12.080 - Disclosure of Department Records

Effective Date: 03/01/2019

12.080-POL

This policy applies to the retention, and disclosure of Department records.

1. All Records are Subject to Public Disclosure Unless a Specific Legal Exemption Exists

Per RCW 42.56.070, the Department must make all public records available to a requester, unless the record falls within the specific exemptions in the Public Records Act (PRA) or other statute which exempts or prohibits disclosure of specific information or records.

2. Public Records are Available for Release to the Maximum Extent Allowed by Law

A public record is any writing containing information relating to the conduct of the Department or the performance of any governmental or proprietary function prepared, owned, used, or retained by the Department, regardless of physical form or characteristics.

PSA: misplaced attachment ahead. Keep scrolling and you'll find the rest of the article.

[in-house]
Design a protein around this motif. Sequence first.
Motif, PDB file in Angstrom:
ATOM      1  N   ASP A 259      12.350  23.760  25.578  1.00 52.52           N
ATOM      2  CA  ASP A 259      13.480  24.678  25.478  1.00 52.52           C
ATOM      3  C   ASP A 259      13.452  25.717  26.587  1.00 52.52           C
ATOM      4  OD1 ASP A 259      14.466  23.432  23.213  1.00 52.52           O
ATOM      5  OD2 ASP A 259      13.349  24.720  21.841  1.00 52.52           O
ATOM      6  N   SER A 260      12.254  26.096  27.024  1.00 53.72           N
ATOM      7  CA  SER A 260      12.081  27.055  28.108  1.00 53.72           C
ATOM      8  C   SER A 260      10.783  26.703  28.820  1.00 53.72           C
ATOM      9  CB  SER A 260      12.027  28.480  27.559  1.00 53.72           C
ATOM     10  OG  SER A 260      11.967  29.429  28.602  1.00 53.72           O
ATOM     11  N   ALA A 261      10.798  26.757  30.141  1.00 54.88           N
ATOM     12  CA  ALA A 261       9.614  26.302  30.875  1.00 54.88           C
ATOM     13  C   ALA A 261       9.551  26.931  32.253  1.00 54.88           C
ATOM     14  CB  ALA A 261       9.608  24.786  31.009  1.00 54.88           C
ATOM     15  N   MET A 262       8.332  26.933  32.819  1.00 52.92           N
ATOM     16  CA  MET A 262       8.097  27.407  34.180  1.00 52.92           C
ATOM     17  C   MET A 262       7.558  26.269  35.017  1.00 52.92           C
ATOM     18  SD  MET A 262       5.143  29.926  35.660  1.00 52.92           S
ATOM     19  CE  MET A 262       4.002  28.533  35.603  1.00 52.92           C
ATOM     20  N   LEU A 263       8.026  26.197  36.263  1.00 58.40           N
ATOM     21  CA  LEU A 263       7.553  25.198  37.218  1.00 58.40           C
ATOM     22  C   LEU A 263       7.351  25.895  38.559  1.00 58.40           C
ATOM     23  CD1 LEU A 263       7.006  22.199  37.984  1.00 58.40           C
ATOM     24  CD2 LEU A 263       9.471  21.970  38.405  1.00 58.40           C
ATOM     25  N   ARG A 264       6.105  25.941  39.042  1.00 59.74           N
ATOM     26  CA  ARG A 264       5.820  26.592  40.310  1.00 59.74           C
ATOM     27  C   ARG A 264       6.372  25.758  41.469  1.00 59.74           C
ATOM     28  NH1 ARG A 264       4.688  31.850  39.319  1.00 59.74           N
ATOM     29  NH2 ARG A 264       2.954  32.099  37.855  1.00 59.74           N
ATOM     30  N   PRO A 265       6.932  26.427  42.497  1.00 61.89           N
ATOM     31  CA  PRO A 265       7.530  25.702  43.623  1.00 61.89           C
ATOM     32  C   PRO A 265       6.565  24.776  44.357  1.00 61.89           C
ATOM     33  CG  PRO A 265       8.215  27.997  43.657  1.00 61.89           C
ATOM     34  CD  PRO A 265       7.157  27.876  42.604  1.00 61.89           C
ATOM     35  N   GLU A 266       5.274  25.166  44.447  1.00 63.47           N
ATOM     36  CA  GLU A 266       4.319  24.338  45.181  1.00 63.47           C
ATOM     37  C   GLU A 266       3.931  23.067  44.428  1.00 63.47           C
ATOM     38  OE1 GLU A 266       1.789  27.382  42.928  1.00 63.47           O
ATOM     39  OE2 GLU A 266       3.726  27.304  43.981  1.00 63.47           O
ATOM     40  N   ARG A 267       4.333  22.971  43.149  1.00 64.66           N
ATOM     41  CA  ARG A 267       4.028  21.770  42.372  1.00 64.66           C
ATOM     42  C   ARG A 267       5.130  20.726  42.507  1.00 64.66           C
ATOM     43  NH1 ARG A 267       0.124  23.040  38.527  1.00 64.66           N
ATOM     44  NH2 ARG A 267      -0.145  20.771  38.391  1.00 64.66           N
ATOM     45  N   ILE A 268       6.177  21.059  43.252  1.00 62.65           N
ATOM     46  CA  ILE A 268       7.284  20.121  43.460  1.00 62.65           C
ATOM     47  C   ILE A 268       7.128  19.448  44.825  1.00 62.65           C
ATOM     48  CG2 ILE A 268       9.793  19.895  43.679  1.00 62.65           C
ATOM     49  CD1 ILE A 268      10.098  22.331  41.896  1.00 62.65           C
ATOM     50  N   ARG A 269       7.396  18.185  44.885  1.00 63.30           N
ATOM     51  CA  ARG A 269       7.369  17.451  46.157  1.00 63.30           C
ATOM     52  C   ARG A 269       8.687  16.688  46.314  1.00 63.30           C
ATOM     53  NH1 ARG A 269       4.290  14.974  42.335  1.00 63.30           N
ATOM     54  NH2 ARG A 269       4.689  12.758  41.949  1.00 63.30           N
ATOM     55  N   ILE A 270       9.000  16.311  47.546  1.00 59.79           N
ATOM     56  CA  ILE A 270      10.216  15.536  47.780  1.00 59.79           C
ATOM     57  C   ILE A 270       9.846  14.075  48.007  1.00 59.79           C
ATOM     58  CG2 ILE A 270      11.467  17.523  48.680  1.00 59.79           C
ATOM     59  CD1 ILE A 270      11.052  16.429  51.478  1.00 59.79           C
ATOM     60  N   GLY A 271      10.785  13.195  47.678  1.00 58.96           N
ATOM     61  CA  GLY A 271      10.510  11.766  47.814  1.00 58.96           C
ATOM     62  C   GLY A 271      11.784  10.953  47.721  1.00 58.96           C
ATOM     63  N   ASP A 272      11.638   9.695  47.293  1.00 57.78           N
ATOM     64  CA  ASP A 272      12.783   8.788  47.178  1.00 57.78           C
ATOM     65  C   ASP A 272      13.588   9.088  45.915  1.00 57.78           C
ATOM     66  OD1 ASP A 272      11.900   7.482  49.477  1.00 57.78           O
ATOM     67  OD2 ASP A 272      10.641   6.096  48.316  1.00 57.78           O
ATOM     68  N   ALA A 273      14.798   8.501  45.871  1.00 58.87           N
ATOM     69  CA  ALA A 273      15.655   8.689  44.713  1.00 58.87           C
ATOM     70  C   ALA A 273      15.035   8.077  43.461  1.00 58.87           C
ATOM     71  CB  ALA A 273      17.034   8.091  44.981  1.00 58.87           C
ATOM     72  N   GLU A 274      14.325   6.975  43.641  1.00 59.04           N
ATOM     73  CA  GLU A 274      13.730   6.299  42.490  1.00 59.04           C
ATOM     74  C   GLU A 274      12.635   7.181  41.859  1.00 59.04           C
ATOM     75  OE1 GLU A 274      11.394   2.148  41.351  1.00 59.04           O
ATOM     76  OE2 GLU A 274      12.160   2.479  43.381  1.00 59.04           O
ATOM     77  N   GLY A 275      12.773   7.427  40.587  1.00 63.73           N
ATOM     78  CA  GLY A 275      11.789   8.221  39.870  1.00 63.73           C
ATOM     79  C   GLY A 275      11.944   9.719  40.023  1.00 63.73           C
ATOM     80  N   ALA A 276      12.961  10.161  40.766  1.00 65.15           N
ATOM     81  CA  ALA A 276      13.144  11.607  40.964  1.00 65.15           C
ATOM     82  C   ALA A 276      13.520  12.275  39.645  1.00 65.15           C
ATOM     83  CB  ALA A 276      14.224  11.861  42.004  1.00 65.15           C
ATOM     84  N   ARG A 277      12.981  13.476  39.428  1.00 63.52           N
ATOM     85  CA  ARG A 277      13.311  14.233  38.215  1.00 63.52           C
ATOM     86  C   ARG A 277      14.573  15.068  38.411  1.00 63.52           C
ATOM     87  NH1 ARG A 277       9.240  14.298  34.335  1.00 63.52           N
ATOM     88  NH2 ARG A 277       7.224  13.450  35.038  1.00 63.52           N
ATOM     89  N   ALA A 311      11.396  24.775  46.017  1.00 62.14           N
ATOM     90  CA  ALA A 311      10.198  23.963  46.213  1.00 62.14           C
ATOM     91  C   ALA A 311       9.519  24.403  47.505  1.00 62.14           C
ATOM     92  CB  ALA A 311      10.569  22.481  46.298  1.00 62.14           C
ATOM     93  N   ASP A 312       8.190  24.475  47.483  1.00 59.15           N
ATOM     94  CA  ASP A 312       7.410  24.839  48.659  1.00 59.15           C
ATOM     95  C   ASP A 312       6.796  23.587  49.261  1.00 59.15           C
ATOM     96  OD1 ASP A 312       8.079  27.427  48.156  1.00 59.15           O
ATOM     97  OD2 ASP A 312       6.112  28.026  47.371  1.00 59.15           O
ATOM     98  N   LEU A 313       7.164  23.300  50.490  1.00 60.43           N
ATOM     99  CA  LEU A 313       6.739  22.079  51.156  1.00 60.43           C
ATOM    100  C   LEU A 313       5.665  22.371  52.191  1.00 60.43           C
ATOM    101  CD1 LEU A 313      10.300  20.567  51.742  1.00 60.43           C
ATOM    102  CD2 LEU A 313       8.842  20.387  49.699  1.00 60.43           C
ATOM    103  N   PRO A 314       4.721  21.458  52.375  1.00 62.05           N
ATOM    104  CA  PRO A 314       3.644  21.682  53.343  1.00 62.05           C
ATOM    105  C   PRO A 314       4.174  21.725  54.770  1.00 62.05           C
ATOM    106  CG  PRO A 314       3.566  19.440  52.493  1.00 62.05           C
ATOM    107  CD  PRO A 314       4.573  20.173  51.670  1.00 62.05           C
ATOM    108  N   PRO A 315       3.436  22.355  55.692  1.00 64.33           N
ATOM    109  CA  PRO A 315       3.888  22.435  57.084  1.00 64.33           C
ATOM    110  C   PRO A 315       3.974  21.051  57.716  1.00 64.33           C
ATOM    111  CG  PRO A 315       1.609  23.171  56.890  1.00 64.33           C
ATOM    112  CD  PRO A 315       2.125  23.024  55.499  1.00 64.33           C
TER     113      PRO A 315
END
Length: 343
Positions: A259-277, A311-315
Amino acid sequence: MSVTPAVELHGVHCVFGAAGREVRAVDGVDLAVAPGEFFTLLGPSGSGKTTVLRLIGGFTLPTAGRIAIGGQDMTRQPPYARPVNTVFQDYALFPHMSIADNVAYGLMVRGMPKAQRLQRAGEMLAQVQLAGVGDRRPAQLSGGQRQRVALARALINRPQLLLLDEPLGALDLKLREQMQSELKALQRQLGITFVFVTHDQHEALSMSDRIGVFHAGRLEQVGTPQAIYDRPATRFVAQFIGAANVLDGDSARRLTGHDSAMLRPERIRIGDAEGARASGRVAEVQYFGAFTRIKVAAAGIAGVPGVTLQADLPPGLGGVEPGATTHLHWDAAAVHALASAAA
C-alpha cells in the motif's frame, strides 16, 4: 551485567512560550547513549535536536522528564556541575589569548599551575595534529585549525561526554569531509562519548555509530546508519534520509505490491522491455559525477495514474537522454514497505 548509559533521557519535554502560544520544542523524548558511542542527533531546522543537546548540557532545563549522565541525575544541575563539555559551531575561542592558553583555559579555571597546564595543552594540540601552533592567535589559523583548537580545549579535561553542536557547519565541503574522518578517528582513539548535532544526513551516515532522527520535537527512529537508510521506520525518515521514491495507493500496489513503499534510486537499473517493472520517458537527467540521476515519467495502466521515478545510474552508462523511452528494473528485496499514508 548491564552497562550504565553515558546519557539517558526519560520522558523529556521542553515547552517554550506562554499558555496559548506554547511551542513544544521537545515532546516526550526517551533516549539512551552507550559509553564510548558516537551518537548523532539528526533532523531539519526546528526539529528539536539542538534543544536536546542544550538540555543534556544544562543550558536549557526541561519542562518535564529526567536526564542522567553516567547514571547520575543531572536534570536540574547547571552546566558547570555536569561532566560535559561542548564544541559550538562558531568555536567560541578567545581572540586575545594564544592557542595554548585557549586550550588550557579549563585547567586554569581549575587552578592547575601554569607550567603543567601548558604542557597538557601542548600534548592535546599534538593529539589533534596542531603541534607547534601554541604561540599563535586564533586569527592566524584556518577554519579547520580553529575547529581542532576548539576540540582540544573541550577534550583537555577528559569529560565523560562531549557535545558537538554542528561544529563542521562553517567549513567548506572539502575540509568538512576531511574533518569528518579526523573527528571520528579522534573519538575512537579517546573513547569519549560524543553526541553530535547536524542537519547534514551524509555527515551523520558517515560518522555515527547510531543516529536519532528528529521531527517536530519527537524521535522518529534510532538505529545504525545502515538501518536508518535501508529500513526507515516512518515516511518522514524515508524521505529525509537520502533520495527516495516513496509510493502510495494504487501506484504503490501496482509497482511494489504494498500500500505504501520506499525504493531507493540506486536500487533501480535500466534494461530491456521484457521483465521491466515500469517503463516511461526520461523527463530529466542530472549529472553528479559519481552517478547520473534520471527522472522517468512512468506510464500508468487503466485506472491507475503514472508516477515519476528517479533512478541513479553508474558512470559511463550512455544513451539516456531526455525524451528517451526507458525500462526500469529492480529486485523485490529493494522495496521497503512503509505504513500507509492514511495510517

- Public records may include records received or created that relate to the conduct of the Department or the performance of any governmental or proprietary function that are prepared, owned, used, or retained by the Department.

- The Department frequently receives records from outside agencies. Any and all records that are in the Department’s possession are Department records for the purposes of the PRA.